The swing towards populist politics around the world continues to add strength to nationalist agendas and, in turn, act as a catalyst for trade frictions. Of particular concern to investors is the escalating trade fight between the US and China, which has been set in motion by the protectionist policies that have been coming out of the White House since early March.
Initially, the Trump administration announced hefty tariffs of 25% and 10% on steel and aluminium imports respectively. The move was broadly condemned (the EU, for example, threatened tariffs on bourbon, jeans and Harley-Davidson motorcycles in response) and broad-based exclusions were quickly rolled out for its allies. Subsequently, and more significantly, Mr Trump has chosen to target China alone. Towards the end of March he announced tariffs on up to $60bn of annual Chinese imports and stated that Beijing needs to pay the price for decades of unfairly acquiring US intellectual property. For its part, Beijing quickly revealed plans to apply tariffs on 128 US products (accounting for roughly $3bn in imports) and stated its intention not to back down. Since those announcements, there have been further tit-for-tat statements and the Trump administration is reportedly planning tariffs on an additional $100bn of Chinese imports.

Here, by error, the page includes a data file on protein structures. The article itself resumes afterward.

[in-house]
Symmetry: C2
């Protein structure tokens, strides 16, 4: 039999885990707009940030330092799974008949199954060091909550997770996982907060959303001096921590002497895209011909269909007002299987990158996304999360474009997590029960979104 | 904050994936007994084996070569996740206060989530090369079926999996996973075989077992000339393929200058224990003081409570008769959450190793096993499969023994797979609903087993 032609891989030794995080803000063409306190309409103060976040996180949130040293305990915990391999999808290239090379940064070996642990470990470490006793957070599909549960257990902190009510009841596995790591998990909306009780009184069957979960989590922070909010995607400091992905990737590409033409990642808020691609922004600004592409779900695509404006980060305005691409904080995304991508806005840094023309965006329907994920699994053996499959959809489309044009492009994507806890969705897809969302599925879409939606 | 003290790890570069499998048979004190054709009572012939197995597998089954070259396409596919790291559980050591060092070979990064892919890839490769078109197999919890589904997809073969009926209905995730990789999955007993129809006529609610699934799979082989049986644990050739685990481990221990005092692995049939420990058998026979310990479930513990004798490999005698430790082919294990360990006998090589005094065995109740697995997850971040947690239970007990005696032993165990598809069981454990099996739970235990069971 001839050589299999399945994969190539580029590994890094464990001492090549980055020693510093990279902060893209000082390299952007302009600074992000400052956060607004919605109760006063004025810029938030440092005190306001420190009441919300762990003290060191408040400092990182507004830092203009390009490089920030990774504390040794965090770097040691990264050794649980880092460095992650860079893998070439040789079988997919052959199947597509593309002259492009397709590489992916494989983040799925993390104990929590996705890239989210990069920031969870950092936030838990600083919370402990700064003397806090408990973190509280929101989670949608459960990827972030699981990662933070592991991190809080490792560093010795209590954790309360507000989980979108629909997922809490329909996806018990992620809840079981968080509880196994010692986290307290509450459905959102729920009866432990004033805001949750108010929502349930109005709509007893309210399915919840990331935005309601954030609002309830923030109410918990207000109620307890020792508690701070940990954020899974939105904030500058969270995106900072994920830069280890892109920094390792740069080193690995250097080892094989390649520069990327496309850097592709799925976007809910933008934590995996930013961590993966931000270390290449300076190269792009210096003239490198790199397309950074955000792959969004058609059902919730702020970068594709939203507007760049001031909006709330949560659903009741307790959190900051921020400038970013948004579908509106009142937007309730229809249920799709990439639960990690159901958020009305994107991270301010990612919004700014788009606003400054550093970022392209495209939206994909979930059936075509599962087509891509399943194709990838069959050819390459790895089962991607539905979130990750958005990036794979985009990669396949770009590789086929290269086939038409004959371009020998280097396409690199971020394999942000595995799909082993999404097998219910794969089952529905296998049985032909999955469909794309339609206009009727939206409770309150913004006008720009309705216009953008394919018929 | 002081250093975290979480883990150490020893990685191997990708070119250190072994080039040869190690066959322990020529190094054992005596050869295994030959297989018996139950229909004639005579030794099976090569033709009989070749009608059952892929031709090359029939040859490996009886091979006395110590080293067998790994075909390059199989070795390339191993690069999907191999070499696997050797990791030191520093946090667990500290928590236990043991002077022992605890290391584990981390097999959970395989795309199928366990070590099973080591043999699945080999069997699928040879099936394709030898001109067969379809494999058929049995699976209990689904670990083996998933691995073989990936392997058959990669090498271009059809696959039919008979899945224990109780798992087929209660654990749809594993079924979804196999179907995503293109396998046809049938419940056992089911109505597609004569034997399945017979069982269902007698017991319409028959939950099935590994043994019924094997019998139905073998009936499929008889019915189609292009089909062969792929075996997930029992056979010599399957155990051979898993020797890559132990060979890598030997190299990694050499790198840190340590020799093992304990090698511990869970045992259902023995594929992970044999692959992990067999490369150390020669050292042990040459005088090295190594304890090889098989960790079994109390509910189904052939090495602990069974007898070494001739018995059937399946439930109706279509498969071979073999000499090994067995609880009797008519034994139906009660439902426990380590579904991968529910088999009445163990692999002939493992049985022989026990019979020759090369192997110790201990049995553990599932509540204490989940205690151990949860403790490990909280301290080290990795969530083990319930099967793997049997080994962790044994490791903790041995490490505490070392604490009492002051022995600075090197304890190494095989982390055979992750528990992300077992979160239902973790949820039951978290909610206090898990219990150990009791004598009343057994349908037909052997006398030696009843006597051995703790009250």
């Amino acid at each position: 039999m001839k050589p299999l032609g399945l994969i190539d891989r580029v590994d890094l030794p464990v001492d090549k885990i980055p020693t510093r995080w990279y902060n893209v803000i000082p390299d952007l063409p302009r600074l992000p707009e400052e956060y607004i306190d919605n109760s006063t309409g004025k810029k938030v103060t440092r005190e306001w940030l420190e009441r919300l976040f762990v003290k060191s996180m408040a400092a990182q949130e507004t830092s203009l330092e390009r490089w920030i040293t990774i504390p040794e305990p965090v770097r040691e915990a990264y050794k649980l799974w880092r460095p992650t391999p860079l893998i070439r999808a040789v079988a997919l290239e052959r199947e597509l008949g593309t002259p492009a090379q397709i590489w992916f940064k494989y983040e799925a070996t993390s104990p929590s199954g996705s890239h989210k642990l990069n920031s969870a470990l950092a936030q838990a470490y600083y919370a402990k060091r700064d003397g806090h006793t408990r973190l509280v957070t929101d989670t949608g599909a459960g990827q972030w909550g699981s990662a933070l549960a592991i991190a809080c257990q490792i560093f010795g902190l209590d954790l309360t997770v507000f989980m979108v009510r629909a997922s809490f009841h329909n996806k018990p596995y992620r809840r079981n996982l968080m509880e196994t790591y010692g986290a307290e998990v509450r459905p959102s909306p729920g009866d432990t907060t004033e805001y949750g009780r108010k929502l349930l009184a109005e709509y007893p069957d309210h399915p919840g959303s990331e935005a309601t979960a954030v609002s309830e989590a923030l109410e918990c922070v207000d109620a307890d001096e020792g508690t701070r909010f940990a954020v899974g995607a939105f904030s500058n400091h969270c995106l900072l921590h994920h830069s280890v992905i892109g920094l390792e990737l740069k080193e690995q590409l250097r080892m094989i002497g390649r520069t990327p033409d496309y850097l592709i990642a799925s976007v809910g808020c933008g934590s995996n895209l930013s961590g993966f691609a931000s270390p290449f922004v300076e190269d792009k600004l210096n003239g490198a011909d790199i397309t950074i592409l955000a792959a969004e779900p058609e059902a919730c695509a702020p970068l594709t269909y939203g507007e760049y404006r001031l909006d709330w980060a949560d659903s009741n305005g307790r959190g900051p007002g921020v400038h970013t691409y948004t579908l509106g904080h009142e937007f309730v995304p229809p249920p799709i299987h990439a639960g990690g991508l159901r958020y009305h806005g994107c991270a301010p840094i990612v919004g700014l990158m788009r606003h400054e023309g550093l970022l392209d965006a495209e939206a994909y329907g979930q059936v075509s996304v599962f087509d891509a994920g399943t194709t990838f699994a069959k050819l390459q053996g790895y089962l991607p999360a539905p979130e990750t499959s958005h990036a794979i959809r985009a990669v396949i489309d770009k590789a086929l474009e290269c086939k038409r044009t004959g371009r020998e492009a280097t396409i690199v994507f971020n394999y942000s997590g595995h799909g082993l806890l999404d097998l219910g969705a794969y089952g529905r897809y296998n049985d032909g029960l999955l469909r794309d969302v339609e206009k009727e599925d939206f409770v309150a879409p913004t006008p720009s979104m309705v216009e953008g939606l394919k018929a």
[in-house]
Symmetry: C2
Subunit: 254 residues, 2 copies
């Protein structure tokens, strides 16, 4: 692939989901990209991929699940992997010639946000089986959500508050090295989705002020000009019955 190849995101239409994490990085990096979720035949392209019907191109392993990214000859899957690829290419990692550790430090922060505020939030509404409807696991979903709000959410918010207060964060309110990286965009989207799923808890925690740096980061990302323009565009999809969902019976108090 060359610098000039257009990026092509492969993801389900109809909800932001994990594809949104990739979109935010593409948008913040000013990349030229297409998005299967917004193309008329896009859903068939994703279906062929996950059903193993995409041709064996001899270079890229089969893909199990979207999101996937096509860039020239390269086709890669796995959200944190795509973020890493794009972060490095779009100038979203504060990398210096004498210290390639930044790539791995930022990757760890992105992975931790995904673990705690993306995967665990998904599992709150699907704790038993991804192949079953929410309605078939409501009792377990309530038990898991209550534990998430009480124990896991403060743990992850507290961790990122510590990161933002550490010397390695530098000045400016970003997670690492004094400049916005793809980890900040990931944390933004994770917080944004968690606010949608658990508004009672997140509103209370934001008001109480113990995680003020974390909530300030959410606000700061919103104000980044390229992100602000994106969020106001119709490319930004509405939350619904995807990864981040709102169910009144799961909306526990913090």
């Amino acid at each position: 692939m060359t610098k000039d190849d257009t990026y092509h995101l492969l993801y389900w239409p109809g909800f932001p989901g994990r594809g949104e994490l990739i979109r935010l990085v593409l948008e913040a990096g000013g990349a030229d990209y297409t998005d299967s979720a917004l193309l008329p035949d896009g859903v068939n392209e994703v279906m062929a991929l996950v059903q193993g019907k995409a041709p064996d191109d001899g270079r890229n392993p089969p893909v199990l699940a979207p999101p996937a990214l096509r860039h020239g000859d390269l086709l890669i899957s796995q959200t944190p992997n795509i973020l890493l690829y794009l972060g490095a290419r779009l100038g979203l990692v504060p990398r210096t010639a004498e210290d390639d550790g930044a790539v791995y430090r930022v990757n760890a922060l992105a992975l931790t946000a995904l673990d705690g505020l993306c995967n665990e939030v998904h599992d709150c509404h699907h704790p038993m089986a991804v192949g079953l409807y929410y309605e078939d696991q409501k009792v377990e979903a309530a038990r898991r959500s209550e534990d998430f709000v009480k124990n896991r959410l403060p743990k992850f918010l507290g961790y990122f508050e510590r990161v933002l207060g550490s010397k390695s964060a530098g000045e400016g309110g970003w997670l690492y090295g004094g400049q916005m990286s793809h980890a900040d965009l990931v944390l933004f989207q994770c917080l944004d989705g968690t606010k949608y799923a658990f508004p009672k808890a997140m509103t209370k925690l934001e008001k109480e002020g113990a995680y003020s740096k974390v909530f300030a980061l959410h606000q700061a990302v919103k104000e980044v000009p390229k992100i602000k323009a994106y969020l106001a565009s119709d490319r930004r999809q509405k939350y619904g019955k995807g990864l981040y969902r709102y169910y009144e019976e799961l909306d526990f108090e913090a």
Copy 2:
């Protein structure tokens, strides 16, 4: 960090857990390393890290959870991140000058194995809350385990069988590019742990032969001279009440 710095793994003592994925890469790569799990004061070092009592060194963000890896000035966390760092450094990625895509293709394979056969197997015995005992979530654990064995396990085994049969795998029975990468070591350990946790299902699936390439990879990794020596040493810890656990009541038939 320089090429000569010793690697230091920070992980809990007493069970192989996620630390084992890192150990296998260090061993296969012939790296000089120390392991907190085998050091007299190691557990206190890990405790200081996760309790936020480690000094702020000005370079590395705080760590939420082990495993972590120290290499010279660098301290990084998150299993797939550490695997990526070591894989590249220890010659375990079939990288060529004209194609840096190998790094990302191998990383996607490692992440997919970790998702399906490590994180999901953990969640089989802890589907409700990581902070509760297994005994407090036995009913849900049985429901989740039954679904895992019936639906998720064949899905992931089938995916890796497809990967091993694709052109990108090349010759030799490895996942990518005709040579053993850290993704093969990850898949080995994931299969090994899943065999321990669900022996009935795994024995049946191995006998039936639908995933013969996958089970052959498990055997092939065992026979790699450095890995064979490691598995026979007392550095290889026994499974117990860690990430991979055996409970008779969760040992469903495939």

This is clearly a concern as escalating trade tensions between the two largest economies in the world could inflict meaningful damage to global growth prospects. Our view is that investors should expect common sense to prevail. Politicians in democracies need growth and prosperity to be re-elected. Tariffs are therefore likely to settle at a level that is mildly inflationary but does not significantly curtail economic activity and growth.